Most of you might have seen the photos of streets full with motorbikes, so characteristic for this city. The first what comes to mind then is a concern whether all these people will still safely come home. Eventually they will. Moreover, I have never tried riding a motorbike in HCMC, but I spoke with several Europeans who had done this; and they assured me that it goes – to quote one of them – "quite naturally".

You are becoming absorbed by a river of similar bike riders and you simply become one with this river. Well, after some training, I suppose.

Streets of HCMC in afternoon rush hour, 2009. Photo: Ryszard Daniel

The vitality of the HCMC's streets is what you do not only see on the traffic lanes. It demonstrates itself even stronger on the sidewalks. There is incredibly much happening on these sidewalks, so much that it makes the visitor feel like stepping into people's lives. The Saigonese do not only socialize and recreate on the sidewalks; they also do crafts and business there, they prepare their meals, cook, eat, wash, play, receive all kinds of care, and so on.

You may, in the first instance, feel like an intruder there, but there is absolutely no reason for that. To the contrary, any contact is welcome. Most welcome are, of course, the contacts that lead to buying something, but a simple interest or friendly chat will usually be appreciated too.

A few words Vietnamese, even if only hello (xin chao), help enormously. Do not worry, they won't expect you to know their language – your whole appearance makes is clear that you do not. What this will tell them is that you have taken some interest in their culture. And that is a lot.

I am not a social beast, but I was lucky that some of my travel companions were. So, while they were having simple chats, I felt excused to make pictures of Ho Chi Min City's sidewalk life. Below is a short selection. While viewing them, try to also imagine that hot air with its exotic smells and noises, the air described in the first paragraph of this story.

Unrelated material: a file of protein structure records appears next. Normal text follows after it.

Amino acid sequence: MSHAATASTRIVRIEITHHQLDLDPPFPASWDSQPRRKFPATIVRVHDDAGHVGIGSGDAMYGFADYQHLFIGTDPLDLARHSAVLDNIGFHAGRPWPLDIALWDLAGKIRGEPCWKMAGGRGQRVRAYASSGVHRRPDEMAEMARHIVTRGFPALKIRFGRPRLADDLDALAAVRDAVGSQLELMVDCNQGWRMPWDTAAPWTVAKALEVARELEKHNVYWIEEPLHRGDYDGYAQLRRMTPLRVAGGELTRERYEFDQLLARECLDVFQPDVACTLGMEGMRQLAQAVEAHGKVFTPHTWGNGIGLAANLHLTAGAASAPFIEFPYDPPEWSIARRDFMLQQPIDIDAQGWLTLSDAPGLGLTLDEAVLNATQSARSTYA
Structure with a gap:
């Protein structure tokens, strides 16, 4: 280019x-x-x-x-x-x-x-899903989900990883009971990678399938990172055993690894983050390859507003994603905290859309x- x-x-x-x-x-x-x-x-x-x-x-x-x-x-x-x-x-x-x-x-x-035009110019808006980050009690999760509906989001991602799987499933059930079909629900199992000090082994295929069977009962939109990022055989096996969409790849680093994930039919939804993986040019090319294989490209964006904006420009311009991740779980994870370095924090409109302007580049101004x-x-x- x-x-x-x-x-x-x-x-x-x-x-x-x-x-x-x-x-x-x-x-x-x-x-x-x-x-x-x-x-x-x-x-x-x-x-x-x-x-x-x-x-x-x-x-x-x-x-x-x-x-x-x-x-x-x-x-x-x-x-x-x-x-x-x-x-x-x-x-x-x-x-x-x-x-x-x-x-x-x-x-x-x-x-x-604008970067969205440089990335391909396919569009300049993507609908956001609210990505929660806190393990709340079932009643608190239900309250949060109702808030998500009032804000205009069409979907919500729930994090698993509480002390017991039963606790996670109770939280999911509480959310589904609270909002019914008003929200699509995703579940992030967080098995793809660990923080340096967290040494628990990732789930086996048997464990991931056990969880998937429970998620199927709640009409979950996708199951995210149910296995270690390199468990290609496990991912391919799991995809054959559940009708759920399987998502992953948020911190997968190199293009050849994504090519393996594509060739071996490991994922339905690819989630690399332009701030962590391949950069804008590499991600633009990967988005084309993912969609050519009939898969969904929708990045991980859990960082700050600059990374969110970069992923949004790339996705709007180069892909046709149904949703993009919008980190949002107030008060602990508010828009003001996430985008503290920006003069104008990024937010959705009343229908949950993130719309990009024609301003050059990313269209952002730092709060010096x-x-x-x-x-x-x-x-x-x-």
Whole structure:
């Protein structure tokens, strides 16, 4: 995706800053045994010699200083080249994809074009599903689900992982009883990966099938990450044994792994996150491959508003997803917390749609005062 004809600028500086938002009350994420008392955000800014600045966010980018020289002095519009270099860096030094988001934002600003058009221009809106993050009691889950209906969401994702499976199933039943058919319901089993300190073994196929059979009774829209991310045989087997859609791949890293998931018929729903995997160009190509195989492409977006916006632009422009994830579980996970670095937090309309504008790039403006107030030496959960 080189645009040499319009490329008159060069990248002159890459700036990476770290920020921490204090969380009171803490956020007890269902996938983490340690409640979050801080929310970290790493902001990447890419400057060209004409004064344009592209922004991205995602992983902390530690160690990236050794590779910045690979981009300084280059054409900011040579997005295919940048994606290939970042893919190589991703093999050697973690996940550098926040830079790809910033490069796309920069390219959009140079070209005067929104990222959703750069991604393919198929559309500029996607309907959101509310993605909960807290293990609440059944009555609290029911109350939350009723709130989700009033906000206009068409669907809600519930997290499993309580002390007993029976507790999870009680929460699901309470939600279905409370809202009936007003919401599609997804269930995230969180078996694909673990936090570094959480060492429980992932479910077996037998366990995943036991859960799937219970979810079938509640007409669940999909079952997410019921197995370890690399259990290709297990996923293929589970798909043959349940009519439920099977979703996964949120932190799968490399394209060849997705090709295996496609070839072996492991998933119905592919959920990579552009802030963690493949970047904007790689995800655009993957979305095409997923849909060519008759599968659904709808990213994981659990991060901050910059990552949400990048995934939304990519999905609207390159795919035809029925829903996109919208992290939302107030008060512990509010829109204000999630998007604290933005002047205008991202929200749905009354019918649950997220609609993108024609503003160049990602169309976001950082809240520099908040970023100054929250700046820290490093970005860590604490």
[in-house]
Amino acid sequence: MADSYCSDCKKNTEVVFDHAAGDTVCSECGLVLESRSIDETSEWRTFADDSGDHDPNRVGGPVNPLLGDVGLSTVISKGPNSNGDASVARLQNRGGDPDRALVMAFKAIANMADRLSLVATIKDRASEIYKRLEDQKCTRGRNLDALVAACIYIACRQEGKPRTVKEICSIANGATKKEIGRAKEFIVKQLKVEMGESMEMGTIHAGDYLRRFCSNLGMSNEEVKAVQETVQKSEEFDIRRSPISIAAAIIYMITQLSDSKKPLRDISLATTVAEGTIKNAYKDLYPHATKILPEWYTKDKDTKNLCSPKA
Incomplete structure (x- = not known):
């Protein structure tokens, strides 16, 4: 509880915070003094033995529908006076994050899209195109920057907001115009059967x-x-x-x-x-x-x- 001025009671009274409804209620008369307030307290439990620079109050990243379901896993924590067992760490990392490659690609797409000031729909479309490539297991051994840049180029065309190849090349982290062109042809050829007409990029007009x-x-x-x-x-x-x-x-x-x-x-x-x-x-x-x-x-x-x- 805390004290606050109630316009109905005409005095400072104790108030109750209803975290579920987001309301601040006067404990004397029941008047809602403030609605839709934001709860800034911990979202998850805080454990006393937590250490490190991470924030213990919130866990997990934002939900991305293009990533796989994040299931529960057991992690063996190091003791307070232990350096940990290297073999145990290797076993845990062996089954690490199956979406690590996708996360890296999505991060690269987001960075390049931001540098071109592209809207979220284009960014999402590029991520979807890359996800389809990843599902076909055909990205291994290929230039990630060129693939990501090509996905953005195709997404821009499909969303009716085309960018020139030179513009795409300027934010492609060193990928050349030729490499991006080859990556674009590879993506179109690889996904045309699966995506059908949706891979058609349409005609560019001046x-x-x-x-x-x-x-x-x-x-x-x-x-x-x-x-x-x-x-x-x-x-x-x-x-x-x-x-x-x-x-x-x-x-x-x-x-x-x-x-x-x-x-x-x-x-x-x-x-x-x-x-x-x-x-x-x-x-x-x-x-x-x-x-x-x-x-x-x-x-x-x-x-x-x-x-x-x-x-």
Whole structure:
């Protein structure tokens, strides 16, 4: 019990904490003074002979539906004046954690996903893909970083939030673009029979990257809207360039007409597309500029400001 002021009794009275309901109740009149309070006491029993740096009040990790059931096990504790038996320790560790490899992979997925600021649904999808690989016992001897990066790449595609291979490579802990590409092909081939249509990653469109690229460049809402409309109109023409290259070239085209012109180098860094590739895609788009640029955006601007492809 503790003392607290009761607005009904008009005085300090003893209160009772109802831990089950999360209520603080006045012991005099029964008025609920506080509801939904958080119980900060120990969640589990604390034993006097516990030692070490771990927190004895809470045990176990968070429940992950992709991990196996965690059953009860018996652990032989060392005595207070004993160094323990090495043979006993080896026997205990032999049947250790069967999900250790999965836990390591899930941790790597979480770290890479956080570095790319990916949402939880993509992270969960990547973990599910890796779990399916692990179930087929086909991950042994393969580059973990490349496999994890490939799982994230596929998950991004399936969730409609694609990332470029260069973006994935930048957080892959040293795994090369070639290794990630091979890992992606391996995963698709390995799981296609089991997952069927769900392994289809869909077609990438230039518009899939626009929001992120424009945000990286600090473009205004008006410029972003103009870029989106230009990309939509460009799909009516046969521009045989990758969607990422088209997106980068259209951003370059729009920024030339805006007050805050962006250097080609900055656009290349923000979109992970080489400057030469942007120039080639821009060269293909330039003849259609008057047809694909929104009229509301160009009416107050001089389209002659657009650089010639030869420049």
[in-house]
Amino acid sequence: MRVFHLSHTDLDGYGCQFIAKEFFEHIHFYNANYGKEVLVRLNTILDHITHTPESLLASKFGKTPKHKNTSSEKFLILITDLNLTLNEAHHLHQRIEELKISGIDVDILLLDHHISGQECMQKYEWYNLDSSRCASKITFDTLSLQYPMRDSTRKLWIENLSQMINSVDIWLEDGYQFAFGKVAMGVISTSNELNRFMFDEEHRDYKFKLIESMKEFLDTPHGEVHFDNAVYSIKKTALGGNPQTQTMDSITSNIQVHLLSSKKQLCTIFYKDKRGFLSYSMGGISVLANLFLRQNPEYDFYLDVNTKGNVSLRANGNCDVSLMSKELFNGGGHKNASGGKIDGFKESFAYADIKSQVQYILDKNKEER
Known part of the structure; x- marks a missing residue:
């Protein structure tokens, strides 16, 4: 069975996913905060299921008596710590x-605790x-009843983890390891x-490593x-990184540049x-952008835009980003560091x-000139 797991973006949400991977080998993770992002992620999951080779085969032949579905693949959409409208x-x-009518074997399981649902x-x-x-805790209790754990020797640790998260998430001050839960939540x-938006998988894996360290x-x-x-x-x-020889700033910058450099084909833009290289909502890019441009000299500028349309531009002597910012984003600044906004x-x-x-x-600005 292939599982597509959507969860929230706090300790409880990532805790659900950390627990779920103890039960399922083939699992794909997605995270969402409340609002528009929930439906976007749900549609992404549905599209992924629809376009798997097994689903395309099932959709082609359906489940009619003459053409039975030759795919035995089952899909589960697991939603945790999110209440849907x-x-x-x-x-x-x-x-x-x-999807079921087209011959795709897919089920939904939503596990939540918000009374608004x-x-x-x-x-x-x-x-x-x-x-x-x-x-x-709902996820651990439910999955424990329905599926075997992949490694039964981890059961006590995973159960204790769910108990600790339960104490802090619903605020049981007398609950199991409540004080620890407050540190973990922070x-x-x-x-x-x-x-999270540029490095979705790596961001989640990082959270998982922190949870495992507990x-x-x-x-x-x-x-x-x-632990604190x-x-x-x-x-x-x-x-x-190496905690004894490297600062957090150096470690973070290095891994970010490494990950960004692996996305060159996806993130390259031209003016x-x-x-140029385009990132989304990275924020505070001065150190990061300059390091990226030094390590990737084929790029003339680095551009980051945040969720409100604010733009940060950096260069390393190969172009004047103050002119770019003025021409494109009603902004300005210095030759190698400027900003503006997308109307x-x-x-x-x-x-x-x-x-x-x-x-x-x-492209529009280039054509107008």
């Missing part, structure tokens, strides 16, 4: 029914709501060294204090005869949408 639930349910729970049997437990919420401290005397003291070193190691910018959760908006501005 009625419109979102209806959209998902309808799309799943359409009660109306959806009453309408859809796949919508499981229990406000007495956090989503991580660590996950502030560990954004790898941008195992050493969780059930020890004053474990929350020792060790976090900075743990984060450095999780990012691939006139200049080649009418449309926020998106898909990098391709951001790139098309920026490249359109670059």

Meal for one man and one cat, 2009. Photo: Ryszard Daniel
Drying peanuts on the city's hot pavements, 2009. Photo: Ryszard Daniel
Even this is possible: sleeping on a bike when the streets cool down, 2009. Photo: Ryszard Daniel
Chinese Chess with the students of neighboring high school, 2009. Photo: Ryszard Daniel

Keeping the city dry

As you can see, the HCMC's walkway pavements are good for many purposes.

But then they must remain dry. And this is, unfortunately, an issue with as a result that the city gets frequently flooded. This happens for a number of reasons, the most challenging of which are:

  • Spring tides entering the city through the Sai Gon River, Dong Nai River and – to lesser extent –Vam Co River, see map;
  • Storms and storm rains, especially during high tides;
  • Recurrent monsoon flooding in the Mekong Delta;
  • Sea level rising due to the climate change;
  • Anthropogenic (man-made) causes, like uncontrolled urban growth, overloaded drainage and sewage systems, Mekong dams that reduce sediment deposition etc.;
  • Various combinations of the above.

A complex problem indeed. The problem that, obviously, also requires complex solutions. My involvement in keeping HCMC dry was probably an effect of the good reputation that the Dutch engineers enjoy in this field. It began in 2009, with a three weeks long consulting assignment in this city; and continued later on an ad-hoc basis through either the Dutch Government or the Belgian University of Liège.

Plan of HCMC’s flood defenses, 2018.

I could not, of course, contribute to mitigating all the reasons for floods. Nobody can. My expertise was limited to the design and construction of movable dams and flood protection systems.

So, this is what I mainly talked about with my Vietnamese colleague-engineers, trying to share as much of my experience as possible – and learning from their experience. But one cannot actually separate the issues when it comes to flood protection. One also should not, I think.

At such points, I must think about a verse from a poem "Terrible burghers" by Julian Tuwim – a poem that I learned at school in my birth country Poland:

And there they go, tightly buttoned,

They look to the right, look to the left.

And when looking – they see everything apart

That house… that man… that horse… that tree…

Well, we should better not be "terrible burghers". So, when accepting that I may not be qualified enough to correctly assess other than technical issues, I do try to understand them at least.

The one that cost me some effort was that the Vietnamese colleagues actually liked to have kind of "multi-purpose" flood barriers, i.e. structures that would not only keep the flood water away. They should also help manage the water levels in the city, facilitate the drainage in rainy seasons, agriculture on the city's outskirts, clean-ups in case of sewage failures, etc.

Hartel Canal Barrier near Rotterdam, 2003. Photo: Ryszard Daniel

This was something quite different than, for example, the Hartel Canal Barrier near Rotterdam, with its lenticularly shaped vertical lift gates, of which I was the lead designer. Those gates were there only for the case of an extreme storm surge; and were supposed to close once in a number of years, disregarding the test closures.

The expected utilization of the HCMC's flood barriers was – in a sense – similar to that of the city's sidewalks, which were there also for much more than only walking.